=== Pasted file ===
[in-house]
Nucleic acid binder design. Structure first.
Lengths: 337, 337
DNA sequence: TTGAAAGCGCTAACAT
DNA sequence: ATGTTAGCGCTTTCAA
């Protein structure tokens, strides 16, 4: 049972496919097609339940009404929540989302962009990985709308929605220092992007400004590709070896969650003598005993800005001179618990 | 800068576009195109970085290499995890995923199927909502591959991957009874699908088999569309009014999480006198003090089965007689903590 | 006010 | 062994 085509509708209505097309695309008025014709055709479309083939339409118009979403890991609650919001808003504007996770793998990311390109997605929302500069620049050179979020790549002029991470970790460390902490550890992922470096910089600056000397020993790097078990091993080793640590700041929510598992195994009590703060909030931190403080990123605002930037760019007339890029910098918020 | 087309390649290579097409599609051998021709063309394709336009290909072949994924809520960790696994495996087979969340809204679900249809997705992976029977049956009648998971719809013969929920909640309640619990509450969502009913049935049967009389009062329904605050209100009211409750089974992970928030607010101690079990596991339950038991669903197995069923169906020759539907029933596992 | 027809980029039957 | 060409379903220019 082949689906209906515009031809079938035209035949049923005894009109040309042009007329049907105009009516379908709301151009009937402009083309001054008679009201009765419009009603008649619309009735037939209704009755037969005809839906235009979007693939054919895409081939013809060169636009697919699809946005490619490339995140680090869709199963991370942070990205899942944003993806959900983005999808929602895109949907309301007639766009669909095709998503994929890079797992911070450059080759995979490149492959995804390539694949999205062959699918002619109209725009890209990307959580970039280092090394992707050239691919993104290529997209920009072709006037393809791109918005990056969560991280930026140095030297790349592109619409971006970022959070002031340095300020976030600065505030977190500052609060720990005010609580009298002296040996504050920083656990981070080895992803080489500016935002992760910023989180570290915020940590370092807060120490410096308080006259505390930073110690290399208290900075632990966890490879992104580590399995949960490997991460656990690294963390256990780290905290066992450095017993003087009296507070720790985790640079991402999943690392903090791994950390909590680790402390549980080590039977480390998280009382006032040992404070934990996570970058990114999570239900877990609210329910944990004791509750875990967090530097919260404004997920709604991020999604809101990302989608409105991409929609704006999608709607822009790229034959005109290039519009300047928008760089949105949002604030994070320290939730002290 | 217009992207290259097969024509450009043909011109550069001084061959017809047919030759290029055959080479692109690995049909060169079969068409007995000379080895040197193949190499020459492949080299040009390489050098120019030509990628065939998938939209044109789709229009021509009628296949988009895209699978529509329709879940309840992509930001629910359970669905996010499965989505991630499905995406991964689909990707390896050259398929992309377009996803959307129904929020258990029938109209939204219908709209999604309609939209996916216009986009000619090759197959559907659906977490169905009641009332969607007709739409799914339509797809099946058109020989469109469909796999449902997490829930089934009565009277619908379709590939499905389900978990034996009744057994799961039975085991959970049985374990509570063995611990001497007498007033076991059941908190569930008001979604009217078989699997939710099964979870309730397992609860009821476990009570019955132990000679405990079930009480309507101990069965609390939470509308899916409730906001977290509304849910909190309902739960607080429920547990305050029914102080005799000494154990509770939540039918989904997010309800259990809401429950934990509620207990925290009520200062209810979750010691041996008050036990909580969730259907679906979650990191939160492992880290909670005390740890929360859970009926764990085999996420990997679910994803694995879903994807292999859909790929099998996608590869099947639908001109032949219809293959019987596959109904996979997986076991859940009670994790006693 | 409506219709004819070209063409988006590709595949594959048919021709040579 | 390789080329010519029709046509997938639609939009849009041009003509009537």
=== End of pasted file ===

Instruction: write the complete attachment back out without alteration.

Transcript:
[in-house]
Nucleic acid binder design. Structure first.
Lengths: 337, 337
DNA sequence: TTGAAAGCGCTAACAT
DNA sequence: ATGTTAGCGCTTTCAA
């Protein structure tokens, strides 16, 4: 049972496919097609339940009404929540989302962009990985709308929605220092992007400004590709070896969650003598005993800005001179618990 | 800068576009195109970085290499995890995923199927909502591959991957009874699908088999569309009014999480006198003090089965007689903590 | 006010 | 062994 085509509708209505097309695309008025014709055709479309083939339409118009979403890991609650919001808003504007996770793998990311390109997605929302500069620049050179979020790549002029991470970790460390902490550890992922470096910089600056000397020993790097078990091993080793640590700041929510598992195994009590703060909030931190403080990123605002930037760019007339890029910098918020 | 087309390649290579097409599609051998021709063309394709336009290909072949994924809520960790696994495996087979969340809204679900249809997705992976029977049956009648998971719809013969929920909640309640619990509450969502009913049935049967009389009062329904605050209100009211409750089974992970928030607010101690079990596991339950038991669903197995069923169906020759539907029933596992 | 027809980029039957 | 060409379903220019 082949689906209906515009031809079938035209035949049923005894009109040309042009007329049907105009009516379908709301151009009937402009083309001054008679009201009765419009009603008649619309009735037939209704009755037969005809839906235009979007693939054919895409081939013809060169636009697919699809946005490619490339995140680090869709199963991370942070990205899942944003993806959900983005999808929602895109949907309301007639766009669909095709998503994929890079797992911070450059080759995979490149492959995804390539694949999205062959699918002619109209725009890209990307959580970039280092090394992707050239691919993104290529997209920009072709006037393809791109918005990056969560991280930026140095030297790349592109619409971006970022959070002031340095300020976030600065505030977190500052609060720990005010609580009298002296040996504050920083656990981070080895992803080489500016935002992760910023989180570290915020940590370092807060120490410096308080006259505390930073110690290399208290900075632990966890490879992104580590399995949960490997991460656990690294963390256990780290905290066992450095017993003087009296507070720790985790640079991402999943690392903090791994950390909590680790402390549980080590039977480390998280009382006032040992404070934990996570970058990114999570239900877990609210329910944990004791509750875990967090530097919260404004997920709604991020999604809101990302989608409105991409929609704006999608709607822009790229034959005109290039519009300047928008760089949105949002604030994070320290939730002290 | 217009992207290259097969024509450009043909011109550069001084061959017809047919030759290029055959080479692109690995049909060169079969068409007995000379080895040197193949190499020459492949080299040009390489050098120019030509990628065939998938939209044109789709229009021509009628296949988009895209699978529509329709879940309840992509930001629910359970669905996010499965989505991630499905995406991964689909990707390896050259398929992309377009996803959307129904929020258990029938109209939204219908709209999604309609939209996916216009986009000619090759197959559907659906977490169905009641009332969607007709739409799914339509797809099946058109020989469109469909796999449902997490829930089934009565009277619908379709590939499905389900978990034996009744057994799961039975085991959970049985374990509570063995611990001497007498007033076991059941908190569930008001979604009217078989699997939710099964979870309730397992609860009821476990009570019955132990000679405990079930009480309507101990069965609390939470509308899916409730906001977290509304849910909190309902739960607080429920547990305050029914102080005799000494154990509770939540039918989904997010309800259990809401429950934990509620207990925290009520200062209810979750010691041996008050036990909580969730259907679906979650990191939160492992880290909670005390740890929360859970009926764990085999996420990997679910994803694995879903994807292999859909790929099998996608590869099947639908001109032949219809293959019987596959109904996979997986076991859940009670994790006693 | 409506219709004819070209063409988006590709595949594959048919021709040579 | 390789080329010519029709046509997938639609939009849009041009003509009537």